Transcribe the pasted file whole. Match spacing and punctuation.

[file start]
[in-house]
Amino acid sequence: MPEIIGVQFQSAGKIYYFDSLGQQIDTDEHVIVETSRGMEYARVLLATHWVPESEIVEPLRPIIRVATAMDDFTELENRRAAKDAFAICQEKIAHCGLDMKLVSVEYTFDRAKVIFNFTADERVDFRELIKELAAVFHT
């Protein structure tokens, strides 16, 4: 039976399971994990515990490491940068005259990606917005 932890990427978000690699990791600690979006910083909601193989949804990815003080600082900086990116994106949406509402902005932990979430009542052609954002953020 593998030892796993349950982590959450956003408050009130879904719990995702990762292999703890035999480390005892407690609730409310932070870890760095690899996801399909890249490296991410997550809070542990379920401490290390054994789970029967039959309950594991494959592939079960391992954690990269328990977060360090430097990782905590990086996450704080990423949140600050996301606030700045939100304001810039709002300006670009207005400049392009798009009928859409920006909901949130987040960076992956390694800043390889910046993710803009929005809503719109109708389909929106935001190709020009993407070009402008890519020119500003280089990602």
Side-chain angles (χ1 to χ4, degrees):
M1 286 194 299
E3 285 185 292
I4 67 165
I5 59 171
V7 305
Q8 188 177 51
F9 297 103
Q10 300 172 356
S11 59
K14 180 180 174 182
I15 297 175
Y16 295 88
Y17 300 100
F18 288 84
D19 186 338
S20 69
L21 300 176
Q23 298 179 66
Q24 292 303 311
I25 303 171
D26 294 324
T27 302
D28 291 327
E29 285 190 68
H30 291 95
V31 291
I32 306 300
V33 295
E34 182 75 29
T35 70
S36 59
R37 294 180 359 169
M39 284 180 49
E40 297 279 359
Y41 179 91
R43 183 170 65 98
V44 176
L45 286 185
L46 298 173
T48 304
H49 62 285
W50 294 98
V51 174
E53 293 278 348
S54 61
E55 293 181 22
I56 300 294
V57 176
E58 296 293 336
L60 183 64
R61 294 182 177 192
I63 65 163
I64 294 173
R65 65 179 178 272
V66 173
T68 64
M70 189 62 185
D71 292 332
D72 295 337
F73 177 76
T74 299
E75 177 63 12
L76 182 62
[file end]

[in-house]
Amino acid sequence: MPEIIGVQFQSAGKIYYFDSLGQQIDTDEHVIVETSRGMEYARVLLATHWVPESEIVEPLRPIIRVATAMDDFTELENRRAAKDAFAICQEKIAHCGLDMKLVSVEYTFDRAKVIFNFTADERVDFRELIKELAAVFHT
């Protein structure tokens, strides 16, 4: 039976399971994990515990490491940068005259990606917005 932890990427978000690699990791600690979006910083909601193989949804990815003080600082900086990116994106949406509402902005932990979430009542052609954002953020 593998030892796993349950982590959450956003408050009130879904719990995702990762292999703890035999480390005892407690609730409310932070870890760095690899996801399909890249490296991410997550809070542990379920401490290390054994789970029967039959309950594991494959592939079960391992954690990269328990977060360090430097990782905590990086996450704080990423949140600050996301606030700045939100304001810039709002300006670009207005400049392009798009009928859409920006909901949130987040960076992956390694800043390889910046993710803009929005809503719109109708389909929106935001190709020009993407070009402008890519020119500003280089990602």
Side-chain angles (χ1 to χ4, degrees):
M1 286 194 299
E3 285 185 292
I4 67 165
I5 59 171
V7 305
Q8 188 177 51
F9 297 103
Q10 300 172 356
S11 59
K14 180 180 174 182
I15 297 175
Y16 295 88
Y17 300 100
F18 288 84
D19 186 338
S20 69
L21 300 176
Q23 298 179 66
Q24 292 303 311
I25 303 171
D26 294 324
T27 302
D28 291 327
E29 285 190 68
H30 291 95
V31 291
I32 306 300
V33 295
E34 182 75 29
T35 70
S36 59
R37 294 180 359 169
M39 284 180 49
E40 297 279 359
Y41 179 91
R43 183 170 65 98
V44 176
L45 286 185
L46 298 173
T48 304
H49 62 285
W50 294 98
V51 174
E53 293 278 348
S54 61
E55 293 181 22
I56 300 294
V57 176
E58 296 293 336
L60 183 64
R61 294 182 177 192
I63 65 163
I64 294 173
R65 65 179 178 272
V66 173
T68 64
M70 189 62 185
D71 292 332
D72 295 337
F73 177 76
T74 299
E75 177 63 12
L76 182 62